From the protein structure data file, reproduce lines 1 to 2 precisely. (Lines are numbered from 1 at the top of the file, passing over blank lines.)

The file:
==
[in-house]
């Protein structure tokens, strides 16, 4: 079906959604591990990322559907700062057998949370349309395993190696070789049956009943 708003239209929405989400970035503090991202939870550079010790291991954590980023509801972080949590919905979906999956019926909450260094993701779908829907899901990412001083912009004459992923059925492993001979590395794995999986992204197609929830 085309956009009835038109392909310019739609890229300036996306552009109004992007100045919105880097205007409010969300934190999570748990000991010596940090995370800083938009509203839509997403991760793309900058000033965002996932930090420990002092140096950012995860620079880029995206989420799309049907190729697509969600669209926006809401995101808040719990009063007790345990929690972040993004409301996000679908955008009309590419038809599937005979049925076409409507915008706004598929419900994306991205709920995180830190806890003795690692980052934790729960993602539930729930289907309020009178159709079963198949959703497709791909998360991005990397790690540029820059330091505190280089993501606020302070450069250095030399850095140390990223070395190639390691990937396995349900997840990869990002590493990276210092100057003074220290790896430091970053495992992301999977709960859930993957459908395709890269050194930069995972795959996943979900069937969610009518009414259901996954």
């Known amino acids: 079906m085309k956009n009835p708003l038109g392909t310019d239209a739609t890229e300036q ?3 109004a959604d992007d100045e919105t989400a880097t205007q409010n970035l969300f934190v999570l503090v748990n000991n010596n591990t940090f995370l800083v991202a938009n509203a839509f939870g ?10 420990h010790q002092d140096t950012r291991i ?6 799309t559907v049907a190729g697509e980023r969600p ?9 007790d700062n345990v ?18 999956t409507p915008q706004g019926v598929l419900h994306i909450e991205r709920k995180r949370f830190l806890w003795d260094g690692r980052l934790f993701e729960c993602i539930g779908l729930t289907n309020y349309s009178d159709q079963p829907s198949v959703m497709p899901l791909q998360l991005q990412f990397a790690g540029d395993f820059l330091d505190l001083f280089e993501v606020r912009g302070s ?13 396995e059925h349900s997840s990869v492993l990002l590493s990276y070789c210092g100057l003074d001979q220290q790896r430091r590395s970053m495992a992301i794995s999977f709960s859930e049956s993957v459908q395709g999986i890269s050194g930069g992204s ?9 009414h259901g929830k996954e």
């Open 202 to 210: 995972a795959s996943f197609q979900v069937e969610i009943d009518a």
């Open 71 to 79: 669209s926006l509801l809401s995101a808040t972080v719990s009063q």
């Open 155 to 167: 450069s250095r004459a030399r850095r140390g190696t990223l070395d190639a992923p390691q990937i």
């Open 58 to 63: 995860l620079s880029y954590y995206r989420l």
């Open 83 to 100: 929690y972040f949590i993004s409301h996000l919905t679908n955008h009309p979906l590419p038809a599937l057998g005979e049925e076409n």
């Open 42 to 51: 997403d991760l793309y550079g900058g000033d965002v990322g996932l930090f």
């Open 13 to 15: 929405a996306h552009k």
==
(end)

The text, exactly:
[in-house]
């Protein structure tokens, strides 16, 4: 079906959604591990990322559907700062057998949370349309395993190696070789049956009943 708003239209929405989400970035503090991202939870550079010790291991954590980023509801972080949590919905979906999956019926909450260094993701779908829907899901990412001083912009004459992923059925492993001979590395794995999986992204197609929830 085309956009009835038109392909310019739609890229300036996306552009109004992007100045919105880097205007409010969300934190999570748990000991010596940090995370800083938009509203839509997403991760793309900058000033965002996932930090420990002092140096950012995860620079880029995206989420799309049907190729697509969600669209926006809401995101808040719990009063007790345990929690972040993004409301996000679908955008009309590419038809599937005979049925076409409507915008706004598929419900994306991205709920995180830190806890003795690692980052934790729960993602539930729930289907309020009178159709079963198949959703497709791909998360991005990397790690540029820059330091505190280089993501606020302070450069250095030399850095140390990223070395190639390691990937396995349900997840990869990002590493990276210092100057003074220290790896430091970053495992992301999977709960859930993957459908395709890269050194930069995972795959996943979900069937969610009518009414259901996954």